The term young adults is fairly new in the vocabulary of families. Indeed, young adults are not quite the same things that children or teenagers. According to literary agents who have coned the buzzword as a commercial label – at first – young adults tend to refer to late teens and twenties. Ultimately, while they might be a legal age in some states to drive or to engage in risky behaviors – such as alcohol use or even sexual intercourse – most individuals in this age group struggle with the potential of the new found freedom. They can do anything they want to – or most things – but they are unsure of where to start with their lives. As a result, foolish risks can occur more often than you’d want to. But it’s fair to note that the brain of young adults isn’t fully formed, meaning that they are not in a position to understand the consequences of their actions. Rewind half a century ago and young adults would often get married shortly after high-school and would take apprenticeship positions during their first years, both at home and in the office. As a result, they could learn the path to adulthood at their own pace. However, nowadays as young adults are thrown into life after high school/college, risky behaviors become a form of exploration of their skills and personality. As a parent, you can help them to develop their identity without resorting to unhealthy choices.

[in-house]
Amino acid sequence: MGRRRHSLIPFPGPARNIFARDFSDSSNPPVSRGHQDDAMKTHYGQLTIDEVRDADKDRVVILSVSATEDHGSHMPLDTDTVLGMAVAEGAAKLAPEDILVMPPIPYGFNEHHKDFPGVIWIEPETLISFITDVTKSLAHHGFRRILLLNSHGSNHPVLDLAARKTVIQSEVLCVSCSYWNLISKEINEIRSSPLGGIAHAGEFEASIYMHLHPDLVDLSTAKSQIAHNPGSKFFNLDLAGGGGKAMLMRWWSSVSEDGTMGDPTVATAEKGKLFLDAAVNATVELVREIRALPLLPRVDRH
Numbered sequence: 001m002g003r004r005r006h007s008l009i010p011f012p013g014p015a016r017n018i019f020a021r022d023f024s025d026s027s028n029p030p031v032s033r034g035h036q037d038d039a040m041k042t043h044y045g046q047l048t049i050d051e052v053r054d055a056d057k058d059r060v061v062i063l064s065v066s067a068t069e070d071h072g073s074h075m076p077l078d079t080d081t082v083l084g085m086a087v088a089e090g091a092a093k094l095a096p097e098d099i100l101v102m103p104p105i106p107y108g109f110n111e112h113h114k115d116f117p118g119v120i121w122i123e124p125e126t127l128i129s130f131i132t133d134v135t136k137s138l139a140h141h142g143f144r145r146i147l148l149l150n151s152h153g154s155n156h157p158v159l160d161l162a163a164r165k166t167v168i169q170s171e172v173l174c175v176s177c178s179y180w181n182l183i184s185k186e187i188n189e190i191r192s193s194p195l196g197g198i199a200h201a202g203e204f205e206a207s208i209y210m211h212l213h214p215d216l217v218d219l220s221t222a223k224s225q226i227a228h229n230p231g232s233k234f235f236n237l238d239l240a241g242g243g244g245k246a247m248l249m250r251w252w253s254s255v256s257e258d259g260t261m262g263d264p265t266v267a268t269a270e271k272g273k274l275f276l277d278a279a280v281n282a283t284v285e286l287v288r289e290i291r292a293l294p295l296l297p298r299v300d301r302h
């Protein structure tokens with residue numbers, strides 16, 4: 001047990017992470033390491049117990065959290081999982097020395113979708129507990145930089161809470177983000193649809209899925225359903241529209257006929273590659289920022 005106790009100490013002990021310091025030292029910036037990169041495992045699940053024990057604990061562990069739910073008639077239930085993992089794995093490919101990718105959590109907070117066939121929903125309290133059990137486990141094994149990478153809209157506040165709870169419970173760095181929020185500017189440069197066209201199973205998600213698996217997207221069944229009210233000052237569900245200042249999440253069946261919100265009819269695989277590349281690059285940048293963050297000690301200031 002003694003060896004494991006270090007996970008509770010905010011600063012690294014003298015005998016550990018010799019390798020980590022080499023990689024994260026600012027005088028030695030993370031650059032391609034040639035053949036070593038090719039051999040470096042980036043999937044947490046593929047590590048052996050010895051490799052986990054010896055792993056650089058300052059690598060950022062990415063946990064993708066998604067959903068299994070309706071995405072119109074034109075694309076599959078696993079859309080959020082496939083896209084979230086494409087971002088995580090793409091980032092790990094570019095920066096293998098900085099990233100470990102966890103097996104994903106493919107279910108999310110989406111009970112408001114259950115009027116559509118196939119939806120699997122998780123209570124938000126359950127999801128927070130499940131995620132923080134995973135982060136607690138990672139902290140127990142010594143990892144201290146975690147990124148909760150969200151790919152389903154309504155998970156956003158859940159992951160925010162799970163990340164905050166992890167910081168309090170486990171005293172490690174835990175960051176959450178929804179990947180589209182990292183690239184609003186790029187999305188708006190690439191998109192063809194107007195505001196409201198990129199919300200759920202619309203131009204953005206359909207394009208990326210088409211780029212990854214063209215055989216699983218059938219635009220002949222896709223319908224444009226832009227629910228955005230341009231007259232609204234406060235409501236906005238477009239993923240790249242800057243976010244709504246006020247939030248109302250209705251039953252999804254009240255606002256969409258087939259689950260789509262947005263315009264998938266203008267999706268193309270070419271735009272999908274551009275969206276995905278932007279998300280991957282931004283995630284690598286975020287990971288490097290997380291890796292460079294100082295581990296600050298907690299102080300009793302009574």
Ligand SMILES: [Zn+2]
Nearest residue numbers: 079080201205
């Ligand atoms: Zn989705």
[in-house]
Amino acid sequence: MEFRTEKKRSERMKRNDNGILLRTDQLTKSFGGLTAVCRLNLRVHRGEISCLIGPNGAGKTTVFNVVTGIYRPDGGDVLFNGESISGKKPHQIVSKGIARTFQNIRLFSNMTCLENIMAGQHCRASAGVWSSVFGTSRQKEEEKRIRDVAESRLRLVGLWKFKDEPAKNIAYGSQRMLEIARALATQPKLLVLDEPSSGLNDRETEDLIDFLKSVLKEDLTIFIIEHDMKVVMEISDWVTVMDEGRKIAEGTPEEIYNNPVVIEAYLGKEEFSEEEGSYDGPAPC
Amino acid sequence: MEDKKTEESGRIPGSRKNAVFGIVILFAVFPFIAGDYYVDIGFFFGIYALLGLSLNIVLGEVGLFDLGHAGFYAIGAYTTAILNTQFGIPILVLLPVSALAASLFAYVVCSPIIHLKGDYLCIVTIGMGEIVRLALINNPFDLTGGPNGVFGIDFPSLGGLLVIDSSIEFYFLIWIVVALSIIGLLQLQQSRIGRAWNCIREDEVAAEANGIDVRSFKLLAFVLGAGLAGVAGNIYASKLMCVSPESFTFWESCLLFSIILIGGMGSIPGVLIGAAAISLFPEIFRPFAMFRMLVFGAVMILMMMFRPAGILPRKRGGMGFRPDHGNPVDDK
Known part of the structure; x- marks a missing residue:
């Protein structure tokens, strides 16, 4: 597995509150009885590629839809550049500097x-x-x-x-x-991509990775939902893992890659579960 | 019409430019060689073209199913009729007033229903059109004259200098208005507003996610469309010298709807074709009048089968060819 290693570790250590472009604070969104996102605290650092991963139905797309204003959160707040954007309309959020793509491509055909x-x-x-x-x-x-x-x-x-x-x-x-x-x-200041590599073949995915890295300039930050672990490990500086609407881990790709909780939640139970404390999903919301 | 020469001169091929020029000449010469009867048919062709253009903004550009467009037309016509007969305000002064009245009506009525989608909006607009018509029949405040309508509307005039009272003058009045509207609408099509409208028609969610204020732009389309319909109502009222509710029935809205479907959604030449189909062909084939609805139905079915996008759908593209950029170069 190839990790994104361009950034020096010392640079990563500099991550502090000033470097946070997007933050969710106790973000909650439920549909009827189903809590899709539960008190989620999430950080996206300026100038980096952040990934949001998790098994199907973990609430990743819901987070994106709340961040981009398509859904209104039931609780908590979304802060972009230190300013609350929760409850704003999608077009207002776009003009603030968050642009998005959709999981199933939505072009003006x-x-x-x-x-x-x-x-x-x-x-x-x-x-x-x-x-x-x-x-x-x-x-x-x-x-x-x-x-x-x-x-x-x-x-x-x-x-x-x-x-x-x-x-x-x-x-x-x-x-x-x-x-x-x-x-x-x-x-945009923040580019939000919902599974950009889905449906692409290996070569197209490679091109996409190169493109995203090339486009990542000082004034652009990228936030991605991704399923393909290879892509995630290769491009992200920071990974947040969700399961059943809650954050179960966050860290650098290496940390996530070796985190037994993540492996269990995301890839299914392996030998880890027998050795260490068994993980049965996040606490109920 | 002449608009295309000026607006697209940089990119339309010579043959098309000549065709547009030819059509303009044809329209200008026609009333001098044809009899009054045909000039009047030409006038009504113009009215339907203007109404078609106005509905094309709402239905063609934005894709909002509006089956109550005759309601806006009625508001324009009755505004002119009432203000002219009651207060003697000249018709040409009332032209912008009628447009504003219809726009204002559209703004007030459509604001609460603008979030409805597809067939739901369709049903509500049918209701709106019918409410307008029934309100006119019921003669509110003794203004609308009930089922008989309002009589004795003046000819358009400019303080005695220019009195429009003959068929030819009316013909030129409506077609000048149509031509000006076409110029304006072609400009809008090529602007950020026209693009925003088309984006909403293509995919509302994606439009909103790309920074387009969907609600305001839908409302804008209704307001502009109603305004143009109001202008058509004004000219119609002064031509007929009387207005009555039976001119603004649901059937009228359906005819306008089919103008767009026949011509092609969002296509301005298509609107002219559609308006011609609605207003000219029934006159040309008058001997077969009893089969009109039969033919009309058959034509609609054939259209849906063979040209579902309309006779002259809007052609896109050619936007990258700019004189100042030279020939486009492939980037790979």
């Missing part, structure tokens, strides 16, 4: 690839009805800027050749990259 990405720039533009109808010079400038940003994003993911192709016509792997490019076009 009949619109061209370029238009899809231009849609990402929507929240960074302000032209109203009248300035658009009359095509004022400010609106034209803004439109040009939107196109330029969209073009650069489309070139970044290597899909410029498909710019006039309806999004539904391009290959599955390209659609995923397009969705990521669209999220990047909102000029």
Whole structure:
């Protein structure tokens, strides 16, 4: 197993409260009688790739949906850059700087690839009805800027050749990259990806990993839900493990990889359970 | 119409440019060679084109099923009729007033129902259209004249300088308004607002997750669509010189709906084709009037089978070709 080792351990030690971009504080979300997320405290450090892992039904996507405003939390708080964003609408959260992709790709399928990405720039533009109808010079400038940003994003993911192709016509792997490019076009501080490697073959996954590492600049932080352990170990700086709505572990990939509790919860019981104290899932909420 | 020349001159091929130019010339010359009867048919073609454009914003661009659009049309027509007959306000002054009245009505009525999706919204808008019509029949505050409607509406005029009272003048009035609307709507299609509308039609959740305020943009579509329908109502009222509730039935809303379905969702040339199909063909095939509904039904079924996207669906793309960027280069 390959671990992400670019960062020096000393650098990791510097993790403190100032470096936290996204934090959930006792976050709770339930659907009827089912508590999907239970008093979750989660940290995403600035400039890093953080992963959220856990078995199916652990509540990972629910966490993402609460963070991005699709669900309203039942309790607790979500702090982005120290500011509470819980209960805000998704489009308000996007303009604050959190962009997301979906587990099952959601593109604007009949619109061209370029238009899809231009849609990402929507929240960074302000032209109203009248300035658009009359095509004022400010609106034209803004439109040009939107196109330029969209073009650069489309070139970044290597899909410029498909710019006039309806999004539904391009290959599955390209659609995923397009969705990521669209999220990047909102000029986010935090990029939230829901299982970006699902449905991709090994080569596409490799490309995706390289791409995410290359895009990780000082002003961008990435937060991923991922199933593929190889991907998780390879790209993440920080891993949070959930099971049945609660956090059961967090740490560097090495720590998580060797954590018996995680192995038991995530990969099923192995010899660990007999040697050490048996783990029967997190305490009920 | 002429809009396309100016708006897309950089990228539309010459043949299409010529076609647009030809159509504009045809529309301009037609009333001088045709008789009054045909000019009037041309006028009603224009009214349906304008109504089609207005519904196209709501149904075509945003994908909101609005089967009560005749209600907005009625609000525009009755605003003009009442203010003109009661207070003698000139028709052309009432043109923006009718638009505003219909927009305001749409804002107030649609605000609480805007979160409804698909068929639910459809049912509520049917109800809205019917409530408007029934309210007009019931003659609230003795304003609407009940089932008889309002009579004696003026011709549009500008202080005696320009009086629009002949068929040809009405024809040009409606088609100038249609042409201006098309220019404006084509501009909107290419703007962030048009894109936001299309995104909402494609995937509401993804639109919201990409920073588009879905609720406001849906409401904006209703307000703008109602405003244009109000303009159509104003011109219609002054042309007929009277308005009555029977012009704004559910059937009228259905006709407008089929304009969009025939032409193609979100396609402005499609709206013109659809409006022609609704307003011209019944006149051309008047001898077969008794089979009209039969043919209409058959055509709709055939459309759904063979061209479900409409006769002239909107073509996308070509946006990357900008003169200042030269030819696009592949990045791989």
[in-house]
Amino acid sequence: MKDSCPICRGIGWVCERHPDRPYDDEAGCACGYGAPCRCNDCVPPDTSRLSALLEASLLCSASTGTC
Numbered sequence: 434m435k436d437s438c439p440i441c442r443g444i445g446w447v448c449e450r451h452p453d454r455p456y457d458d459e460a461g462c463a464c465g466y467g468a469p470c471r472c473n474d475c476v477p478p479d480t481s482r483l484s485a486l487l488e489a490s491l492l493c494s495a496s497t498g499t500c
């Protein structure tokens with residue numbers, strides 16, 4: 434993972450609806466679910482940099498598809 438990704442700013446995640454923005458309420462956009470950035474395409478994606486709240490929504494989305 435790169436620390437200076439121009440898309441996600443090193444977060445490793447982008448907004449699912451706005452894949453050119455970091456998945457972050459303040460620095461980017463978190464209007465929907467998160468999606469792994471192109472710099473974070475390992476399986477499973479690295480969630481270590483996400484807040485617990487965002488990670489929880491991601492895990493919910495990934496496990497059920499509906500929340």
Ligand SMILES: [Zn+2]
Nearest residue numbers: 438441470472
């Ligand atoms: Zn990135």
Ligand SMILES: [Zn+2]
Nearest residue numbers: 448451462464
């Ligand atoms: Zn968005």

Positive attitude is the first thing they need